Karen Van Voorhis wants to transition her financial advisory clients away from an asset-based pricing model, but she knows that is easier said than done.
Ms. Van Voorhis, a vice president at Sapers & Wallack in Newton, Mass., is like a growing number of advisers in that she recognizes the limits and challenges associated with asset-based pricing models.
"It's becoming difficult to charge a fee that is exclusively tied to an investment account, when work on the account is only a fraction of the work we do for clients," she said. "The current fee structure has led to conversation with clients, that they initiated, asking what they are getting for that 1% fee."
Whether it's the influence of the Department of Labor's fiduciary rule and a push toward more transparency around fees or the pressure on fees coming from low-cost robo-advice platforms, asset-based pricing models are being challenged like never before. Critics claim they don't reflect the scope of an adviser's services and leave advisers vulnerable to market downturns. And they also limit the universe of potential clients, many of whom are not willing to pay a percentage of their assets each year for financial advice.
"They don't understand what the fees are for," Ms. Van Voorhis said. "As an industry, we haven't done a good job of evolving the value proposition we put forth for clients."
But not everybody is ready to write off asset-based pricing. Proponents continue to tout the symbiotic nature of an adviser's income being pegged to the size of a client's investment portfolio.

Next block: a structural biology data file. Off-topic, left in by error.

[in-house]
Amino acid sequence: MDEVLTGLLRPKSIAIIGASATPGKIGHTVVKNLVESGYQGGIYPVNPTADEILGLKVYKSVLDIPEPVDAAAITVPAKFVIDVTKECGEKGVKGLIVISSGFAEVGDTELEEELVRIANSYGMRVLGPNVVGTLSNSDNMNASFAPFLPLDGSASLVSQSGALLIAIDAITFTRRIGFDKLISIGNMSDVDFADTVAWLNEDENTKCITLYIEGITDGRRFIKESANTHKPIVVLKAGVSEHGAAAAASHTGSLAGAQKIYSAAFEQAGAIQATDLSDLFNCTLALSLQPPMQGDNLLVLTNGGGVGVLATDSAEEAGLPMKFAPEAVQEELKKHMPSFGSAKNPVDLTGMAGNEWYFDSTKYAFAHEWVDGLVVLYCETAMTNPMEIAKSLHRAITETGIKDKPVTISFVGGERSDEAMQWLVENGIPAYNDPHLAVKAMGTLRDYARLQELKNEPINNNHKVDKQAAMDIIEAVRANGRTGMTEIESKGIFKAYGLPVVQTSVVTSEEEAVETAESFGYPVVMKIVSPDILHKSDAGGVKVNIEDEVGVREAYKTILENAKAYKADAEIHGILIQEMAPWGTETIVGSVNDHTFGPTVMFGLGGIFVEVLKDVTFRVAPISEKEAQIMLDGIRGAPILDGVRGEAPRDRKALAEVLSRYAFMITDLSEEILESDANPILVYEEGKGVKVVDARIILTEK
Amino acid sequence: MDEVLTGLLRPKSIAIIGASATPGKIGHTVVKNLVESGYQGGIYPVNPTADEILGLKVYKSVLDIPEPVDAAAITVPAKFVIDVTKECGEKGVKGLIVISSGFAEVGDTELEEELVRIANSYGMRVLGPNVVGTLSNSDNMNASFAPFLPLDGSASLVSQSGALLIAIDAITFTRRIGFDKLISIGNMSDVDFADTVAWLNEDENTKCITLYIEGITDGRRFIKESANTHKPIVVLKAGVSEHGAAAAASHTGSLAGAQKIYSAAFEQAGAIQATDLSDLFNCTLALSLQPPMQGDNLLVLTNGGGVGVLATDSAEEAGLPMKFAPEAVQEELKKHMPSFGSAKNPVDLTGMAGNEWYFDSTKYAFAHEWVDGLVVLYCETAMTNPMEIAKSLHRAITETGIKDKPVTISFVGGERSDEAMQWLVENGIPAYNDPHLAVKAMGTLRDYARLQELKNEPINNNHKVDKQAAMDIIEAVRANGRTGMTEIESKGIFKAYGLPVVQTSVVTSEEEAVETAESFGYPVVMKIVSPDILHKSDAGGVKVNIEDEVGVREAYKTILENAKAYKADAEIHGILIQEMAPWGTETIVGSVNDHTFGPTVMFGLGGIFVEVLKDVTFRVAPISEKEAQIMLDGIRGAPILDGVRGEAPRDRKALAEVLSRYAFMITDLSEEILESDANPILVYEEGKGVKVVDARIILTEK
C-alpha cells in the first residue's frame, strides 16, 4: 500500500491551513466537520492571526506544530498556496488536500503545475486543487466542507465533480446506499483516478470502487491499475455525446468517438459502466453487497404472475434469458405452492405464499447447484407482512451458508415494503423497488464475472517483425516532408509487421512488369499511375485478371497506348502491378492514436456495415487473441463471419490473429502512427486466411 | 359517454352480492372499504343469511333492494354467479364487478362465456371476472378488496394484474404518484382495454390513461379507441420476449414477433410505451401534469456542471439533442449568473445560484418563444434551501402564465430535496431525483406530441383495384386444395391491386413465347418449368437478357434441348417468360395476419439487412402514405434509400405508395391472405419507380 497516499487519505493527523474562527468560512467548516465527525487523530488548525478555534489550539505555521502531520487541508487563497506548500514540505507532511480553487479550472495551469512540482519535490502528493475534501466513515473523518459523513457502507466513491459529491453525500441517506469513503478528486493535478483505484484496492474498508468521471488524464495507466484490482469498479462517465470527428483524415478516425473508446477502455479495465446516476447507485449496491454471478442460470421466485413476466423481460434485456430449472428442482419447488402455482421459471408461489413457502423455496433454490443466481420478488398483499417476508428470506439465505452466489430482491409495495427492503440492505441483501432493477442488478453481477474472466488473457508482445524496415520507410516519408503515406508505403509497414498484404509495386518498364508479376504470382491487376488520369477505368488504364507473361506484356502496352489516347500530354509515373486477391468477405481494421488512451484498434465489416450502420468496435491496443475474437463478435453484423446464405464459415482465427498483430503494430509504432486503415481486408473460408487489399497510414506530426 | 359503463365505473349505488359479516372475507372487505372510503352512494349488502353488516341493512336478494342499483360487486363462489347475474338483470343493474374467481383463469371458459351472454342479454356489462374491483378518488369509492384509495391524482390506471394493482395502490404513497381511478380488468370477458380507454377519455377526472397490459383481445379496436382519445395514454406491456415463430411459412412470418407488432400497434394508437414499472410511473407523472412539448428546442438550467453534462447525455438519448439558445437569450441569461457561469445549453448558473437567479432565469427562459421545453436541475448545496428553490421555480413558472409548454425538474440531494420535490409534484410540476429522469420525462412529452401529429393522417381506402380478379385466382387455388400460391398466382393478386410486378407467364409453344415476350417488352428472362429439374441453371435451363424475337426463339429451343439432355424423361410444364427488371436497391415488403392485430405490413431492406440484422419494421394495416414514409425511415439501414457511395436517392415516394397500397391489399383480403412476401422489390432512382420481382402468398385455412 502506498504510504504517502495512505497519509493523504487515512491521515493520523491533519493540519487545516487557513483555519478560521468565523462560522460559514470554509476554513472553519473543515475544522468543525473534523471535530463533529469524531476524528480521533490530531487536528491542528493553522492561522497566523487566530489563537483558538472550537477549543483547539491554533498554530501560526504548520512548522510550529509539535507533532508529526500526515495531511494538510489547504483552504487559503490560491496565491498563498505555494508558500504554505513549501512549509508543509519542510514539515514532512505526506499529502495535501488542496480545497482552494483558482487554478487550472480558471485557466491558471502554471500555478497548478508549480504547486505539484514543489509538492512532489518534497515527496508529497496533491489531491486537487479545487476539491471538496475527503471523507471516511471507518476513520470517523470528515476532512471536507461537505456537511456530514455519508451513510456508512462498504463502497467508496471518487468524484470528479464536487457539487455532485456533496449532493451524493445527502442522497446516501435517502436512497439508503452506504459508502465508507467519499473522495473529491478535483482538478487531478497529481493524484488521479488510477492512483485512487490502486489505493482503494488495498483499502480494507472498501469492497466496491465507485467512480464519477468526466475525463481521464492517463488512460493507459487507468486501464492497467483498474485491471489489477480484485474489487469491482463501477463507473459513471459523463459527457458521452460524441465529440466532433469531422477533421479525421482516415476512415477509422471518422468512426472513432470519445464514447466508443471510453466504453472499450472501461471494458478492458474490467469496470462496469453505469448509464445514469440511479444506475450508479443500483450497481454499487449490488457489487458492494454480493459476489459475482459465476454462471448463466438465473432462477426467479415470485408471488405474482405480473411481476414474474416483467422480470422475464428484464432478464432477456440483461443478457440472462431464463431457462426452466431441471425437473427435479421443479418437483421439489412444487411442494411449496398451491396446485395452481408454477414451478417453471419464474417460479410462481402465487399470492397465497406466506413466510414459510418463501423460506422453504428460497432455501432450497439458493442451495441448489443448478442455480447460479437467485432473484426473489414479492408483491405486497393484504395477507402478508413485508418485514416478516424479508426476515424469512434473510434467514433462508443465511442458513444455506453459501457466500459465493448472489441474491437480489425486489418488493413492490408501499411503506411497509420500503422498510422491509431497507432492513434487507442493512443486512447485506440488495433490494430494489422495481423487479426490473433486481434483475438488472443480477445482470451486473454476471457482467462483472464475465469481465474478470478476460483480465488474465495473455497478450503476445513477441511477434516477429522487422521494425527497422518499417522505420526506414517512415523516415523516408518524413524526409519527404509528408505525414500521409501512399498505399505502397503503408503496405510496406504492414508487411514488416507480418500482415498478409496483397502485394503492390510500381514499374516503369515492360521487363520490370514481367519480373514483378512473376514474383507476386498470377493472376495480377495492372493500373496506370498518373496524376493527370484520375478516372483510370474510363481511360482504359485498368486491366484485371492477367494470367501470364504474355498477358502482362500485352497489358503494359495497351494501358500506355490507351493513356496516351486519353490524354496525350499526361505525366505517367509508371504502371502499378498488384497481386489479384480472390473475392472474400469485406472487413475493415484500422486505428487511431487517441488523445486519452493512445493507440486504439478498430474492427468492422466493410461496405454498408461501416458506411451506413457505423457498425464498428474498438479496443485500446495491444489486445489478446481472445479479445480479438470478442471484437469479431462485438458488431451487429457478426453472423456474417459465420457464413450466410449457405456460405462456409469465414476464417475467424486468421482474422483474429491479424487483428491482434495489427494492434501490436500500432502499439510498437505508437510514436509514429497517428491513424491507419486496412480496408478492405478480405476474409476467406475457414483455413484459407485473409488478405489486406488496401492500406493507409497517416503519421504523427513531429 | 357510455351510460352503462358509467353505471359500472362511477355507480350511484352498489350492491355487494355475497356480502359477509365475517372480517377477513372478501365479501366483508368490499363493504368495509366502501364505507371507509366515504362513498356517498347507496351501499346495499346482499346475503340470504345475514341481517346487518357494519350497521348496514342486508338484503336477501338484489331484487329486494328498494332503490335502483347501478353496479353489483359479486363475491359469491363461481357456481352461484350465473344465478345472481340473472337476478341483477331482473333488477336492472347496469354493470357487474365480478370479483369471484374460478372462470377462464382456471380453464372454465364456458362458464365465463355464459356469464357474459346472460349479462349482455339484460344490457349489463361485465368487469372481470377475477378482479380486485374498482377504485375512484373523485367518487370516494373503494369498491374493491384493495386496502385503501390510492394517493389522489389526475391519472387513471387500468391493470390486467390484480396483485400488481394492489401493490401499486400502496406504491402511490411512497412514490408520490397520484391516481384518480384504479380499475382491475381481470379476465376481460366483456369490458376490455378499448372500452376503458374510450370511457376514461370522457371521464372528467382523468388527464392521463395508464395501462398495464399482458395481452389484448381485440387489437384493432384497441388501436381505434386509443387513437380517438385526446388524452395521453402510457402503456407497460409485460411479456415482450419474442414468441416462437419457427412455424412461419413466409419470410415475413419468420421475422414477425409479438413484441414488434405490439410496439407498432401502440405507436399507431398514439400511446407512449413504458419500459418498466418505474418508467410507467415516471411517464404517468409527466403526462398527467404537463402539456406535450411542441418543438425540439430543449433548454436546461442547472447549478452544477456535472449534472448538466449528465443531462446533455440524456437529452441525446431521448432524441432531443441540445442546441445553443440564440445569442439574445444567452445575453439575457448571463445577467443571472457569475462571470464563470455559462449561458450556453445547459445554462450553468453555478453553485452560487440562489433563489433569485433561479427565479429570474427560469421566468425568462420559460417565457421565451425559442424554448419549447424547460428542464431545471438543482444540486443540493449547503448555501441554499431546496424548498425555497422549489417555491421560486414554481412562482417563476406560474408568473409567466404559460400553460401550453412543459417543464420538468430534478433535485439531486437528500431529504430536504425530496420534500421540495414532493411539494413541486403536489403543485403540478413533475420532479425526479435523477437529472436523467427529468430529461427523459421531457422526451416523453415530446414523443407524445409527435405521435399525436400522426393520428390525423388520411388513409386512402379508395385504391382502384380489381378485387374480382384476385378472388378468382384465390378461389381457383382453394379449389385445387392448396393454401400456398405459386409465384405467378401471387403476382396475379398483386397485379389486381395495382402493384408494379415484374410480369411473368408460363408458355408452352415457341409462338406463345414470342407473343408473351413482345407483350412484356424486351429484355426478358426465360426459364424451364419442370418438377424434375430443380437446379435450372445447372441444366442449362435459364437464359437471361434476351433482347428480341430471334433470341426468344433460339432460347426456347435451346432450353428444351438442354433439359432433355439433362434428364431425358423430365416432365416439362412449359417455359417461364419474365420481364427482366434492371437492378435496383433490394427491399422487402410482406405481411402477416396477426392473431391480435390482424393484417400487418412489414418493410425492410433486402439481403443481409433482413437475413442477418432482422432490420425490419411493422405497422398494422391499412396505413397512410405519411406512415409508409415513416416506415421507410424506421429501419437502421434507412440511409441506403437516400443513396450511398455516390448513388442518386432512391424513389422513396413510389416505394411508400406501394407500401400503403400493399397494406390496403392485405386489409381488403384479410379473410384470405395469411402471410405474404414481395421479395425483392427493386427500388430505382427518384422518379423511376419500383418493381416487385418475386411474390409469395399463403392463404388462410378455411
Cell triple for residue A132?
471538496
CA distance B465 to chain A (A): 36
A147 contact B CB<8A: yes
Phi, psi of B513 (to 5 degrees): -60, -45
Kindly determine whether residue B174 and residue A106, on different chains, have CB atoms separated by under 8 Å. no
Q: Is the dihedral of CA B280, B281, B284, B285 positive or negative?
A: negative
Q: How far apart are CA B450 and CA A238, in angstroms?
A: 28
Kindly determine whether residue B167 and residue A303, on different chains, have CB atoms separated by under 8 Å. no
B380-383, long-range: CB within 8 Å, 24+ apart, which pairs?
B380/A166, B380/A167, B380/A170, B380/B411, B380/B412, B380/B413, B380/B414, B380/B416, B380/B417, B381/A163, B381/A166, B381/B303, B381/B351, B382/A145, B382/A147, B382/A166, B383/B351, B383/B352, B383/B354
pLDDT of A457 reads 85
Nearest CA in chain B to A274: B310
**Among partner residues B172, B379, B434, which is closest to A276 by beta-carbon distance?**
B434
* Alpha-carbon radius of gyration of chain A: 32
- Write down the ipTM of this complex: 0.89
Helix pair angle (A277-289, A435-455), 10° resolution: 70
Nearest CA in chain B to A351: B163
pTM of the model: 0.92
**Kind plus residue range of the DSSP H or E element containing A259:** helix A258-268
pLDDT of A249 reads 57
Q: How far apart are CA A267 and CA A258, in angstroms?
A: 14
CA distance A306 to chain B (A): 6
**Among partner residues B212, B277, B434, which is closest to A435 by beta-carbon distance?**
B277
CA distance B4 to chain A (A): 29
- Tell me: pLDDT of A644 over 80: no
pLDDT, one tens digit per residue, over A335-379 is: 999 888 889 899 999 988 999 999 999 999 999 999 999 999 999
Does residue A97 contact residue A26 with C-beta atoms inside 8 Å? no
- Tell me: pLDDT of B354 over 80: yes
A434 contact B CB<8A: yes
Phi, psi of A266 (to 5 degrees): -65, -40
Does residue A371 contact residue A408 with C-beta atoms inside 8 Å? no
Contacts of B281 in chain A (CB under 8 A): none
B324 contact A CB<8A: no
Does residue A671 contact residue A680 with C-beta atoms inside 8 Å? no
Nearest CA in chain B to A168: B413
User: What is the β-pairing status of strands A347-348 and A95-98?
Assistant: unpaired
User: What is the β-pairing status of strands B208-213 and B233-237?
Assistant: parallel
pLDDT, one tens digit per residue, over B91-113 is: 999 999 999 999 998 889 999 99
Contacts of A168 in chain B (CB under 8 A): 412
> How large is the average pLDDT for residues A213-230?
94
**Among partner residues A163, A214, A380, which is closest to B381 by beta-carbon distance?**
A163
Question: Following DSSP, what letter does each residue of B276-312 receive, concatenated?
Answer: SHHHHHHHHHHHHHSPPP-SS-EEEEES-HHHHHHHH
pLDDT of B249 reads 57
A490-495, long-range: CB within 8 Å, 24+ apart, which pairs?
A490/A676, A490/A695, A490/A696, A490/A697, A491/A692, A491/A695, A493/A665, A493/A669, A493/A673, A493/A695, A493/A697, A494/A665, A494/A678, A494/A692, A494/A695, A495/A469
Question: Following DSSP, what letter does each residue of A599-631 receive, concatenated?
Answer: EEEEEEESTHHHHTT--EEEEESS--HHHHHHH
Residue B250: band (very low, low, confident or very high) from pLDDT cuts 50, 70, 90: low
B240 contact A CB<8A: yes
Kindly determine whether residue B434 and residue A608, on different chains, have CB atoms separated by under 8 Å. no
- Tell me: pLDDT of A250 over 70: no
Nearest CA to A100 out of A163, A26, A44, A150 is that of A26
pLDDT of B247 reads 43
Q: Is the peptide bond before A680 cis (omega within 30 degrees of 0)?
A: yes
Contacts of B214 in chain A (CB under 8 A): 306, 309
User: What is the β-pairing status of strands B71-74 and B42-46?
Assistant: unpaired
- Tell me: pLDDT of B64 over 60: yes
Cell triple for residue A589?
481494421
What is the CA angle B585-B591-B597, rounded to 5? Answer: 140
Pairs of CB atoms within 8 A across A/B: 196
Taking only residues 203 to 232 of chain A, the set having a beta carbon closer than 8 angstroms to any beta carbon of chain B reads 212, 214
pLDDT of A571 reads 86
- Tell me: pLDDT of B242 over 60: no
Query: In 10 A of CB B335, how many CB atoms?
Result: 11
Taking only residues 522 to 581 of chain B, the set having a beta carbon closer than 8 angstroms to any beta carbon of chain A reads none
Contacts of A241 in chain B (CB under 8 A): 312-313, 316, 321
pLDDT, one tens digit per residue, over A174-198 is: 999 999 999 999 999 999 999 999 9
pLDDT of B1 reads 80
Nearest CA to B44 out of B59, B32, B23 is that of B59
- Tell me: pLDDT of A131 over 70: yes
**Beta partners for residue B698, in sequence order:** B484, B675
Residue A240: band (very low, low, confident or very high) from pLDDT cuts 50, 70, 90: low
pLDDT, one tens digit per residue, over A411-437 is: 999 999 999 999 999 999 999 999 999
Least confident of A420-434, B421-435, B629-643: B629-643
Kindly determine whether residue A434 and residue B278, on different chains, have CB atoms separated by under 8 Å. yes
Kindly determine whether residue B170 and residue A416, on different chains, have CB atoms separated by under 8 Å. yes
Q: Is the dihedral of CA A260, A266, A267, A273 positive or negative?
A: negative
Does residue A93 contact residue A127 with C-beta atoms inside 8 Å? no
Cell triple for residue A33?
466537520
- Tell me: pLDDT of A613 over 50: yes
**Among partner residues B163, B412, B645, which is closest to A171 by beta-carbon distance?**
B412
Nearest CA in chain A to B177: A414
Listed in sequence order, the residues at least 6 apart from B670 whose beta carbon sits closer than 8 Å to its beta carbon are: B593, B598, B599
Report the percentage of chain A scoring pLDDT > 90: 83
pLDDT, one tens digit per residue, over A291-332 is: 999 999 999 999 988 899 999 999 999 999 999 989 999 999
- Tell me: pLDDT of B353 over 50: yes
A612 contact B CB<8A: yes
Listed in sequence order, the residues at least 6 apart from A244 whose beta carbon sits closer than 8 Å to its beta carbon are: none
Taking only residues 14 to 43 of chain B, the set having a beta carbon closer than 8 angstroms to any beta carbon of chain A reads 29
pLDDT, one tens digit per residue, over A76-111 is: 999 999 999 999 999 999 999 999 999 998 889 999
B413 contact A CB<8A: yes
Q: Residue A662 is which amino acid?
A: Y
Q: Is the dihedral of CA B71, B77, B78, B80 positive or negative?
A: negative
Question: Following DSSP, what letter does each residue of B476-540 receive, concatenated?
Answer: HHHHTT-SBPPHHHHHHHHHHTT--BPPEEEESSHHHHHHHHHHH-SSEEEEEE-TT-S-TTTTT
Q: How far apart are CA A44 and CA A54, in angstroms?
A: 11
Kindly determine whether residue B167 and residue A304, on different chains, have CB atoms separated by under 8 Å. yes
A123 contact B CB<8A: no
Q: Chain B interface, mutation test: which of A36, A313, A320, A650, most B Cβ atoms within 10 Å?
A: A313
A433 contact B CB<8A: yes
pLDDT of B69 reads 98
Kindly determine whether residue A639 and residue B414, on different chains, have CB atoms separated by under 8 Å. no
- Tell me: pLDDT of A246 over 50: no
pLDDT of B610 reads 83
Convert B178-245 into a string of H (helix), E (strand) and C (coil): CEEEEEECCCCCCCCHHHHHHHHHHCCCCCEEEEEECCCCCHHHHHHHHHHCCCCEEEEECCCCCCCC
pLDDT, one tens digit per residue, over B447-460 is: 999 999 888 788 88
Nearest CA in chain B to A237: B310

Michael Kitces, a partner and director of wealth management at Pinnacle Advisory Group and co-founder of the XY Planning Network, comes down firmly on the side of asset-based pricing for his own $1.8 billion advisory business and any other firm that can make it work.
"I've been pounding the table for a long time saying the AUM model is not going away," he said. "AUM works fine. It's not broken. The interests of advisers and clients are relatively aligned. You have very good client psychology. And the fee bills automatically, so clients don't have to write a check."
Ever since the late 1990s, when asset-based pricing started gaining appeal over sales commissions, the independent financial advisory space has leaned heavily on a fee structure pegged to the size of a client's portfolio.
That fee typically starts at around 1% but is often discounted as portfolios grow.
According to an analysis of fee structures by InvestmentNews Research, 86% of registered investment advisers charge asset-based fees, although many of those firms also charge other fees, including commissions on some insurance products or one-time fees for financial plans.
When broken down, asset-based fees represent 76% of the total advisory firm revenue.
Although asset-based pricing might put the adviser on the same side of the table as the client, it can unintentionally de-emphasize everything an adviser does for clients.
"The problem with AUM fees is the value proposition if you're doing financial planning along with the investment management," said Scott Bishop, the executive vice president of financial planning at STA Wealth Management.
Asset-based pricing can also make the adviser vulnerable to extreme income volatility.
"A market correction is in the back of everyone's mind," Ms. Van Voorhis said. "Ask anyone who survived 2008 and they'll tell you the market went down 30% but we didn't do 30% less work. There's a need to have the fee be commensurate with the work involved."